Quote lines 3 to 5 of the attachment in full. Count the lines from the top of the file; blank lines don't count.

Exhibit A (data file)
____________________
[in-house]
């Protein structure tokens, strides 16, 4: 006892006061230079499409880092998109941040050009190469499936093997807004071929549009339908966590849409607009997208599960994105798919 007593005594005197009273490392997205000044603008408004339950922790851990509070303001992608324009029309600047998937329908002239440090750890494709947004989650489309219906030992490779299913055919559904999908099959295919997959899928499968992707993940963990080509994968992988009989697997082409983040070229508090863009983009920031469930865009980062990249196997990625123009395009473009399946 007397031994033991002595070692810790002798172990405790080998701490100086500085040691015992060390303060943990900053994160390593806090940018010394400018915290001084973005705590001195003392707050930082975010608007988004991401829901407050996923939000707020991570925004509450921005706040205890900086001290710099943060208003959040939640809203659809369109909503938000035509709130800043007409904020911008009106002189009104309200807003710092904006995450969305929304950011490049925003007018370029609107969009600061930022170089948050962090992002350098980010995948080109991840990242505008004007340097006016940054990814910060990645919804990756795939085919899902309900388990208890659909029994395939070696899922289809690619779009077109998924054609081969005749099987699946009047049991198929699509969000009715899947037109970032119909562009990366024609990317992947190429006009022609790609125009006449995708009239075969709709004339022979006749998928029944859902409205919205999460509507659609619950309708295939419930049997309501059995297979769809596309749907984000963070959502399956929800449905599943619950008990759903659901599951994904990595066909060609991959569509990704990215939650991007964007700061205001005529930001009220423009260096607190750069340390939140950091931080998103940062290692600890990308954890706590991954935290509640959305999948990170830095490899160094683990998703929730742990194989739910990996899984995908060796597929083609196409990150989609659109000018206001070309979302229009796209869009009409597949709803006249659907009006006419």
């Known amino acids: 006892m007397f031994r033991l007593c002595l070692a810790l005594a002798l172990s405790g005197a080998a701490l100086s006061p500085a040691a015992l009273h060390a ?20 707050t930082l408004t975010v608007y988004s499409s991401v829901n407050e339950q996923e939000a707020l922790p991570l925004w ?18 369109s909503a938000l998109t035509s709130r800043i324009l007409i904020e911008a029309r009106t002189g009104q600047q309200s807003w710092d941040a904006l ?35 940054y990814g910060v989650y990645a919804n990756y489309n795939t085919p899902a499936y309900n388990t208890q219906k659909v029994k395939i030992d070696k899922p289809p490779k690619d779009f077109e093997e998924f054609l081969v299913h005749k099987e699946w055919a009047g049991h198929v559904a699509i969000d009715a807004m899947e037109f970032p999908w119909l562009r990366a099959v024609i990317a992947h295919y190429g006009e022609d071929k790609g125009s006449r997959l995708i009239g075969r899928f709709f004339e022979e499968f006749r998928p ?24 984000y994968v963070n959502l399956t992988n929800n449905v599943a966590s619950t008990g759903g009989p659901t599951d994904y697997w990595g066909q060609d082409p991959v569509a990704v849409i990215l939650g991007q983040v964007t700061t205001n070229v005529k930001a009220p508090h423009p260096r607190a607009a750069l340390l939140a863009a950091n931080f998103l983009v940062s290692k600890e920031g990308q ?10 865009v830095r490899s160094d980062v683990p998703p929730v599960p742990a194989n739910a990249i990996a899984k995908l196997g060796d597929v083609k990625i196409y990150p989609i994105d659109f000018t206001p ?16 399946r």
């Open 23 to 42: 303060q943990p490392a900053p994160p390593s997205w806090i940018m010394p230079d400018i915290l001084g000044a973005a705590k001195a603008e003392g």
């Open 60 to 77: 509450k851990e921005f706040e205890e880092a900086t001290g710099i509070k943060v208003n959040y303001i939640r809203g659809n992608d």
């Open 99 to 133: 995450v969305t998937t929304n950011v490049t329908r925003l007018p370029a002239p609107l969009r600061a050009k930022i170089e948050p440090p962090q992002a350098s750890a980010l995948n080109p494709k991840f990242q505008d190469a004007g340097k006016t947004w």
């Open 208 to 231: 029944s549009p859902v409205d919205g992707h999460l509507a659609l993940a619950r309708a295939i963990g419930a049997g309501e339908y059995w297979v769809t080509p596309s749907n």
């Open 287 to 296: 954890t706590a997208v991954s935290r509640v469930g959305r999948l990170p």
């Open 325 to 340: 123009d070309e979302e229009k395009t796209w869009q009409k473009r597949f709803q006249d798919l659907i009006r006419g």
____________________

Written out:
């Known amino acids: 006892m007397f031994r033991l007593c002595l070692a810790l005594a002798l172990s405790g005197a080998a701490l100086s006061p500085a040691a015992l009273h060390a ?20 707050t930082l408004t975010v608007y988004s499409s991401v829901n407050e339950q996923e939000a707020l922790p991570l925004w ?18 369109s909503a938000l998109t035509s709130r800043i324009l007409i904020e911008a029309r009106t002189g009104q600047q309200s807003w710092d941040a904006l ?35 940054y990814g910060v989650y990645a919804n990756y489309n795939t085919p899902a499936y309900n388990t208890q219906k659909v029994k395939i030992d070696k899922p289809p490779k690619d779009f077109e093997e998924f054609l081969v299913h005749k099987e699946w055919a009047g049991h198929v559904a699509i969000d009715a807004m899947e037109f970032p999908w119909l562009r990366a099959v024609i990317a992947h295919y190429g006009e022609d071929k790609g125009s006449r997959l995708i009239g075969r899928f709709f004339e022979e499968f006749r998928p ?24 984000y994968v963070n959502l399956t992988n929800n449905v599943a966590s619950t008990g759903g009989p659901t599951d994904y697997w990595g066909q060609d082409p991959v569509a990704v849409i990215l939650g991007q983040v964007t700061t205001n070229v005529k930001a009220p508090h423009p260096r607190a607009a750069l340390l939140a863009a950091n931080f998103l983009v940062s290692k600890e920031g990308q ?10 865009v830095r490899s160094d980062v683990p998703p929730v599960p742990a194989n739910a990249i990996a899984k995908l196997g060796d597929v083609k990625i196409y990150p989609i994105d659109f000018t206001p ?16 399946r």
């Open 23 to 42: 303060q943990p490392a900053p994160p390593s997205w806090i940018m010394p230079d400018i915290l001084g000044a973005a705590k001195a603008e003392g």
């Open 60 to 77: 509450k851990e921005f706040e205890e880092a900086t001290g710099i509070k943060v208003n959040y303001i939640r809203g659809n992608d």